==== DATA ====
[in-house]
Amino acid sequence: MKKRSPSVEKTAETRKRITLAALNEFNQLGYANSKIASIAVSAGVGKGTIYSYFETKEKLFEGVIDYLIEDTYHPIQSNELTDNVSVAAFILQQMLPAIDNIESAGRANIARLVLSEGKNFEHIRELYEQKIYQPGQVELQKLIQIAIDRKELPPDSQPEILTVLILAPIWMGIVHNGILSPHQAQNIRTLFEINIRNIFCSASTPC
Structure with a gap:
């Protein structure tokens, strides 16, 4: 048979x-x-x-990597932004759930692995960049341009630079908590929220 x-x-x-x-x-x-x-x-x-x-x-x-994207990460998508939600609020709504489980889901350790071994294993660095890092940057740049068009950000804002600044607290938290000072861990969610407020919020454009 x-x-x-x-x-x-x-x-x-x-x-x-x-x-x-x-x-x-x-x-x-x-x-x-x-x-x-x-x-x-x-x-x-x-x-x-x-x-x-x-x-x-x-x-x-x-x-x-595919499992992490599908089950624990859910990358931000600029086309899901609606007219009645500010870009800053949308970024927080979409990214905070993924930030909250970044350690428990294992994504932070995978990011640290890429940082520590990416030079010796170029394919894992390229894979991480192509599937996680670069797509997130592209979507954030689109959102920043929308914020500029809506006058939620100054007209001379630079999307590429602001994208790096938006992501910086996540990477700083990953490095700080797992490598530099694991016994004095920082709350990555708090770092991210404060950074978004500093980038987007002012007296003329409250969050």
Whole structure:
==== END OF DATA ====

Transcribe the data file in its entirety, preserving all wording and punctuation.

[in-house]
Amino acid sequence: MKKRSPSVEKTAETRKRITLAALNEFNQLGYANSKIASIAVSAGVGKGTIYSYFETKEKLFEGVIDYLIEDTYHPIQSNELTDNVSVAAFILQQMLPAIDNIESAGRANIARLVLSEGKNFEHIRELYEQKIYQPGQVELQKLIQIAIDRKELPPDSQPEILTVLILAPIWMGIVHNGILSPHQAQNIRTLFEINIRNIFCSASTPC
Structure with a gap:
């Protein structure tokens, strides 16, 4: 048979x-x-x-990597932004759930692995960049341009630079908590929220 x-x-x-x-x-x-x-x-x-x-x-x-994207990460998508939600609020709504489980889901350790071994294993660095890092940057740049068009950000804002600044607290938290000072861990969610407020919020454009 x-x-x-x-x-x-x-x-x-x-x-x-x-x-x-x-x-x-x-x-x-x-x-x-x-x-x-x-x-x-x-x-x-x-x-x-x-x-x-x-x-x-x-x-x-x-x-x-595919499992992490599908089950624990859910990358931000600029086309899901609606007219009645500010870009800053949308970024927080979409990214905070993924930030909250970044350690428990294992994504932070995978990011640290890429940082520590990416030079010796170029394919894992390229894979991480192509599937996680670069797509997130592209979507954030689109959102920043929308914020500029809506006058939620100054007209001379630079999307590429602001994208790096938006992501910086996540990477700083990953490095700080797992490598530099694991016994004095920082709350990555708090770092991210404060950074978004500093980038987007002012007296003329409250969050």
Whole structure: